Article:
As a chemical company, we are going to need outstanding scientists in the future. Consequently, WACKER is working to generate enthusiasm for technology and the natural sciences among children, a goal we are pursuing in a variety of ways.
WACKER supports progressive teaching methods and modern school management systems. Our Group is one of the founding members of the Bavarian Educational Pact, a foundation in which 143 companies have joined Bavaria in sponsoring various projects at state schools. The aim of all of these projects is to modernize the Bavarian educational system.
Since developing its first experiment kit for schools in 1992, WACKER has worked with educators and chemists to continuously improve the experiments and accompanying brochures. The kits, which are available to schools at no cost, contain all of the basics required for running chemical experiments on materials such as silicone fluids, antifoam agents, moldmaking compounds and cyclodextrins. We completely revised the kit contents during the period under review. The new version – called CHEM2DO – came out in September 2012. With the new kit, experiments on silicones and cyclodextrins can be integrated into the school curricula. The experiments, which can be performed in small groups, help invigorate chemistry lessons and stimulate young people’s enthusiasm for science. There is also a new training course for teachers to acquaint them with the CHEM2DO experiments. Since fall 2012, the course has been available across Germany at the Society of German Chemists’ (German-language link only) teacher-training centers and selected universities. www.wacker.com/schulversuchskoffer (German-language link only)
WACKER supports Science-Lab (German language link only), a private-sector educational initiative that awakens children’s interest in science at an early age. At our German sites, we finance one-day Science-Lab seminars for elementary-school and kindergarten teachers, and also donate research kits, thereby facilitating an age-appropriate approach to topics such as biology, chemistry, physics, astronomy and the earth sciences. In Burghausen and nearby Altötting, WACKER financed Science-Lab experiment fairs for children during the summer vacation.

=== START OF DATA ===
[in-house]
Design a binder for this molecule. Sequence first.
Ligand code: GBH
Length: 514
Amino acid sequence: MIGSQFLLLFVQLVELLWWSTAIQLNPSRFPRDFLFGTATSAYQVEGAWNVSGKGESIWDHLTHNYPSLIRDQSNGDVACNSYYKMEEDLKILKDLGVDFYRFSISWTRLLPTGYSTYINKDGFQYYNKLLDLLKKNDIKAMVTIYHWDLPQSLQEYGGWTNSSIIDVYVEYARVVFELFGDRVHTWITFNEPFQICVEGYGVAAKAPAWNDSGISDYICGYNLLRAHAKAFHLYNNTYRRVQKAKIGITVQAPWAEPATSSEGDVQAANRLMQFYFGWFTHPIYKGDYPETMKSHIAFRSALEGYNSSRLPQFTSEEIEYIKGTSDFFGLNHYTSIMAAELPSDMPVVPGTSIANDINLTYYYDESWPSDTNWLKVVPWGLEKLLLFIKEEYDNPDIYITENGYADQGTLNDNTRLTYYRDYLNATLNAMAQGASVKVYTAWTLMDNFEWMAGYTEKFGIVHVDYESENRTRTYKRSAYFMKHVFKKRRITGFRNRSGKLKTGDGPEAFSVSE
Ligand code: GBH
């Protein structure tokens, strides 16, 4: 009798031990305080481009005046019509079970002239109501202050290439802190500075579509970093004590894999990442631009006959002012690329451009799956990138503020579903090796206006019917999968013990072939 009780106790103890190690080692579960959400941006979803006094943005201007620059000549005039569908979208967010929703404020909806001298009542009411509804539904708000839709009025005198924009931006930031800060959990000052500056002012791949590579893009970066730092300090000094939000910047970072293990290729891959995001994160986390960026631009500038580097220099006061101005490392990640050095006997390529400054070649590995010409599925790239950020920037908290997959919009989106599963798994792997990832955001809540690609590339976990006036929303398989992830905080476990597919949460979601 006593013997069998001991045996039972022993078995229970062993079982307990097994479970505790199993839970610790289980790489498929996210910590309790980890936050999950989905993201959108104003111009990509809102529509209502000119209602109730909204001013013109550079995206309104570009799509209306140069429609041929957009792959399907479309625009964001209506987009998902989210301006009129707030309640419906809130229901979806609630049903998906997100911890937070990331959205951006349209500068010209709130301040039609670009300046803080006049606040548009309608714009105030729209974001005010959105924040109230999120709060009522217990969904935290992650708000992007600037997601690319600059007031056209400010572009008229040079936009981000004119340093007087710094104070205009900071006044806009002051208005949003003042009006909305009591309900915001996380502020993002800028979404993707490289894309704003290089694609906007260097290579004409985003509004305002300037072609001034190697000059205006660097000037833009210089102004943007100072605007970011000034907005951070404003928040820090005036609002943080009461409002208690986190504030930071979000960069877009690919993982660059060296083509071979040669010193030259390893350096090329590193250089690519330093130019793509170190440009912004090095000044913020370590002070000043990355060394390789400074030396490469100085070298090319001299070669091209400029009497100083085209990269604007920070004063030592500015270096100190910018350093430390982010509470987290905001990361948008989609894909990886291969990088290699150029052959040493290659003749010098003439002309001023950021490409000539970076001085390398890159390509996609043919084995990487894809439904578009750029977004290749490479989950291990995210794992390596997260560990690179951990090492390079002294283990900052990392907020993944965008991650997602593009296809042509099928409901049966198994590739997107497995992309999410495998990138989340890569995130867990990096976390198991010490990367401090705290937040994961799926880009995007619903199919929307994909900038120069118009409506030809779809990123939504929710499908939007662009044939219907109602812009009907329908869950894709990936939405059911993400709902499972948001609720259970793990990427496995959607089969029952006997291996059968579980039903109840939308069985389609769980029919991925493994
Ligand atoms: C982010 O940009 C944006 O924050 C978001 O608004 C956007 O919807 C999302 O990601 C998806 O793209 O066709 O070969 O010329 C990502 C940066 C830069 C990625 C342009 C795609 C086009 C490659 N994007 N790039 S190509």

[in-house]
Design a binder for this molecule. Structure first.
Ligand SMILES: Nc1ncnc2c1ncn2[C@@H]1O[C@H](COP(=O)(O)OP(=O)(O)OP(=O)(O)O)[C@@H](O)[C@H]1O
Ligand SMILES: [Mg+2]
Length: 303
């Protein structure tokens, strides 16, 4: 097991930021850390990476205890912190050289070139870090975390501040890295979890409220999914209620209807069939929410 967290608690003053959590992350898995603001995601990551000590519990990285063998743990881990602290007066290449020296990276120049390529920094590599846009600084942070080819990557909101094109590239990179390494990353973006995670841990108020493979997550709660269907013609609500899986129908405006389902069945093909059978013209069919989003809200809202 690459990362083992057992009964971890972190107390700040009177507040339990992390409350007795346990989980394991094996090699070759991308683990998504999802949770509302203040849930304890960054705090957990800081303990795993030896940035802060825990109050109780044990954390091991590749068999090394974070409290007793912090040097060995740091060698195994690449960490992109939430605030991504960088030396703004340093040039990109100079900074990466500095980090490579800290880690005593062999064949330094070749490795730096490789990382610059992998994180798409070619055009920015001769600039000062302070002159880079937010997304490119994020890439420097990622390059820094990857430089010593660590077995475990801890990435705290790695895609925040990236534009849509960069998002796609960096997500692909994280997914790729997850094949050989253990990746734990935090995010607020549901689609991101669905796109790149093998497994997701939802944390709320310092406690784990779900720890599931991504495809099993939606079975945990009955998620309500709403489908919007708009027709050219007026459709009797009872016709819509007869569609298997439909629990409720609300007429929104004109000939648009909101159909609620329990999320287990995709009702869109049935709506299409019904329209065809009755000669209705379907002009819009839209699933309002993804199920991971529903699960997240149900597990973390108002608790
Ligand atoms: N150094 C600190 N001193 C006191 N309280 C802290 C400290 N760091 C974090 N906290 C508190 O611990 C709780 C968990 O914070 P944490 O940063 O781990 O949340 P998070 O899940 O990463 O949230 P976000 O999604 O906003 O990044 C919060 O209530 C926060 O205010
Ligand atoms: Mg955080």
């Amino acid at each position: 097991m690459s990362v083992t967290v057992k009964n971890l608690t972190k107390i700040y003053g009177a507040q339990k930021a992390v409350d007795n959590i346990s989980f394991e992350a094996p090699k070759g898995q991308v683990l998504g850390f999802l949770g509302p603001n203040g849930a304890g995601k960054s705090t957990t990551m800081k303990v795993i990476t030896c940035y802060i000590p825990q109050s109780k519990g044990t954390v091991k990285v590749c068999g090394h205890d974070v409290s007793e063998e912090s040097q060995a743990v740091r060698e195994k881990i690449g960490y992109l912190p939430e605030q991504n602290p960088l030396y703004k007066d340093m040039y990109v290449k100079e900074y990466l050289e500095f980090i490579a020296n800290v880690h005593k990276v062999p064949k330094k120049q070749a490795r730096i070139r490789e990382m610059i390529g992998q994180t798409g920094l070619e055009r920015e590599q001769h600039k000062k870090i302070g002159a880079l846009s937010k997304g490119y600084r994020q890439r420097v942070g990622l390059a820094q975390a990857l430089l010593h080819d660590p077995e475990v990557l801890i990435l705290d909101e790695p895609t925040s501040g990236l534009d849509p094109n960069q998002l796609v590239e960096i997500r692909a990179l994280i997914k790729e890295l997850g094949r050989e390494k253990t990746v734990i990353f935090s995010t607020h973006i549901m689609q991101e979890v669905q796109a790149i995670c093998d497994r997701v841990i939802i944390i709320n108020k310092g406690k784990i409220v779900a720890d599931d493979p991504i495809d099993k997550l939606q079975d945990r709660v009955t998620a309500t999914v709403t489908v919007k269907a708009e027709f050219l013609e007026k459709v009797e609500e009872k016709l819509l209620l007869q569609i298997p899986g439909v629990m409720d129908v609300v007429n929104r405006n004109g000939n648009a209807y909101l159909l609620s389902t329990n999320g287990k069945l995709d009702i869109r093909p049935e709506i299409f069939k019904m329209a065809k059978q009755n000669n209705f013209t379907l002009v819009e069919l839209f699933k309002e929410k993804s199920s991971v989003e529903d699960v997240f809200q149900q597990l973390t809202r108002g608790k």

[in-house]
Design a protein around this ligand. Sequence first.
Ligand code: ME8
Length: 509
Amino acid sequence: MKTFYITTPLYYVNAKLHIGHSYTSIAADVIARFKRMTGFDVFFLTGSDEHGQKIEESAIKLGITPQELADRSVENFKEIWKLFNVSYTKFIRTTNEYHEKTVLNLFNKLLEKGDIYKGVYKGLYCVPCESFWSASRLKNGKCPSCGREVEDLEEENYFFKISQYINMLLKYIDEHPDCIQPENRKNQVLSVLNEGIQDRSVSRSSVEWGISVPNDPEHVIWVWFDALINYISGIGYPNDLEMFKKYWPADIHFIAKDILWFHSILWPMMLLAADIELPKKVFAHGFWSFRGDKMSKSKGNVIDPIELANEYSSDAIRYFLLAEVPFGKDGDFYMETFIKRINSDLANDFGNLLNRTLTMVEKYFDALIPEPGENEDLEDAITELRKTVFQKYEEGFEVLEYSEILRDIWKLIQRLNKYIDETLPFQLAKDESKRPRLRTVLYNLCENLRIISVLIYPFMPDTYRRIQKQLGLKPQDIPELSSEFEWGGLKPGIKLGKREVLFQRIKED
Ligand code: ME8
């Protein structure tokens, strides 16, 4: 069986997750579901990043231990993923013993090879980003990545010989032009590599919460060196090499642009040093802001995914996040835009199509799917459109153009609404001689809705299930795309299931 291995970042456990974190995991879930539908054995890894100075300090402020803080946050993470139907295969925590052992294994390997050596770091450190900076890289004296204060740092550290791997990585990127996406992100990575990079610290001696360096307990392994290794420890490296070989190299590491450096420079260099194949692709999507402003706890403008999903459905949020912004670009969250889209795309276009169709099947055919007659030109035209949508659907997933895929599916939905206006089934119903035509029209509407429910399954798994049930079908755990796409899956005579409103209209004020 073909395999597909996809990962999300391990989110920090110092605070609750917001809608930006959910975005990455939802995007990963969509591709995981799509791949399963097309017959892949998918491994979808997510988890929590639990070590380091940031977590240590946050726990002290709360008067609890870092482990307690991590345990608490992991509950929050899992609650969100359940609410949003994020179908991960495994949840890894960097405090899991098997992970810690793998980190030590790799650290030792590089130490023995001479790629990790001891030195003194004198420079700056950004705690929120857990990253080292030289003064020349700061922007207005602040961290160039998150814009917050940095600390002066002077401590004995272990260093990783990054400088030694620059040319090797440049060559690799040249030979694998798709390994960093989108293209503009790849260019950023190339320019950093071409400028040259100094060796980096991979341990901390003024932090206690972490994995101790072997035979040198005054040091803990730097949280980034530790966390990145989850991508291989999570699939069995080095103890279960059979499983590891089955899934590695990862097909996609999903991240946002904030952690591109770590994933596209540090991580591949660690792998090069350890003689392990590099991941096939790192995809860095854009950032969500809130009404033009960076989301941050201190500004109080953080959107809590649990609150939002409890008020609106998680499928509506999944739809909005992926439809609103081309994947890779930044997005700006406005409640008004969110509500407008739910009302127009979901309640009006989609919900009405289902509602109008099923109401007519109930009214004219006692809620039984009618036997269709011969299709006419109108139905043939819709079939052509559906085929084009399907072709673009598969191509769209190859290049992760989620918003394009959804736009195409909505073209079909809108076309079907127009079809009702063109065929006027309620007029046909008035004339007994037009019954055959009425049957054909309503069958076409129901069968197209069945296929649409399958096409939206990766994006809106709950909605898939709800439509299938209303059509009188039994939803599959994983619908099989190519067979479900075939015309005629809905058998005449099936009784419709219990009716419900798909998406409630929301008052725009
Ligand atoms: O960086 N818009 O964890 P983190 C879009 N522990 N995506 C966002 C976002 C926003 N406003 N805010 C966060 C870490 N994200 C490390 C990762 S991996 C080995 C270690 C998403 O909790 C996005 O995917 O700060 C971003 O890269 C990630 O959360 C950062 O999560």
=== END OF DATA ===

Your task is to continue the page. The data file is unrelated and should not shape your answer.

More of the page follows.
In order to show students the relationship between raw materials and a finished product, the Museum of Natural History in Vienna has developed a raw materials kit. The display case entitled “What’s Inside a Cell Phone?” contains samples of minerals, rocks and industrial raw materials. It allows students to establish a definite link between geology and everyday objects. WACKER supported this educational project with specialist knowledge and donated silicon wafers and polysilicon.
Since 1998, WACKER has supported Germany’s Young Scientists (German-language link only) einbauen)) competition, which promotes young people’s interest in science. Every two years (including 2012), we organize and sponsor the state round of the competition for Bavaria (German-language link only). WACKER has also supported Dresden’s regional Young Scientists competition since 2007, first as partner and, since 2009, as an official corporate sponsor.
Young Scientists Competition: Magic Formula Fights Bad Breath
Mouthwashes containing cyclodextrins are ideal for combating bad breath. Two high-school students, Gabriel Salg and Nicolas Scheidig, succeeded in proving this – and won the Bavarian 2011 Young Scientists competition. They got the idea for their research project, a solution to bad breath, after WACKER provided their school with cyclodextrins for chemistry lessons.